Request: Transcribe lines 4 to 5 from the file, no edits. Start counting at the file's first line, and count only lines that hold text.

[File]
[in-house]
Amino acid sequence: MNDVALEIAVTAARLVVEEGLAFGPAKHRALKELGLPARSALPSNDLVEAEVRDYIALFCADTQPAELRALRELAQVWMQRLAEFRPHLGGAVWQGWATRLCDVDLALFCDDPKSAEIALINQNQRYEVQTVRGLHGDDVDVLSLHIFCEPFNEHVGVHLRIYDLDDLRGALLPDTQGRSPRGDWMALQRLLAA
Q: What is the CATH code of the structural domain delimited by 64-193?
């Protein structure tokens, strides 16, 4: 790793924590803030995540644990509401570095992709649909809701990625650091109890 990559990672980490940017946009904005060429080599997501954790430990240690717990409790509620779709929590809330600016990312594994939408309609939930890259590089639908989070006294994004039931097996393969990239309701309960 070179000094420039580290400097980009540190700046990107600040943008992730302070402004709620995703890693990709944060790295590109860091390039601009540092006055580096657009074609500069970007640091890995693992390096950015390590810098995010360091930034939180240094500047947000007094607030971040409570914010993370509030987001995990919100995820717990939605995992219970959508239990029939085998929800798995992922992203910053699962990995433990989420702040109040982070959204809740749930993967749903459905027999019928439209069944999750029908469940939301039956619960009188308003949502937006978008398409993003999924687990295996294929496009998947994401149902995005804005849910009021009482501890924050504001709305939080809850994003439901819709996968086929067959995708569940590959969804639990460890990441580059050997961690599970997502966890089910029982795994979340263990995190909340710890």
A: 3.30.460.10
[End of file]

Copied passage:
């Protein structure tokens, strides 16, 4: 790793924590803030995540644990509401570095992709649909809701990625650091109890 990559990672980490940017946009904005060429080599997501954790430990240690717990409790509620779709929590809330600016990312594994939408309609939930890259590089639908989070006294994004039931097996393969990239309701309960 070179000094420039580290400097980009540190700046990107600040943008992730302070402004709620995703890693990709944060790295590109860091390039601009540092006055580096657009074609500069970007640091890995693992390096950015390590810098995010360091930034939180240094500047947000007094607030971040409570914010993370509030987001995990919100995820717990939605995992219970959508239990029939085998929800798995992922992203910053699962990995433990989420702040109040982070959204809740749930993967749903459905027999019928439209069944999750029908469940939301039956619960009188308003949502937006978008398409993003999924687990295996294929496009998947994401149902995005804005849910009021009482501890924050504001709305939080809850994003439901819709996968086929067959995708569940590959969804639990460890990441580059050997961690599970997502966890089910029982795994979340263990995190909340710890």
A: 3.30.460.10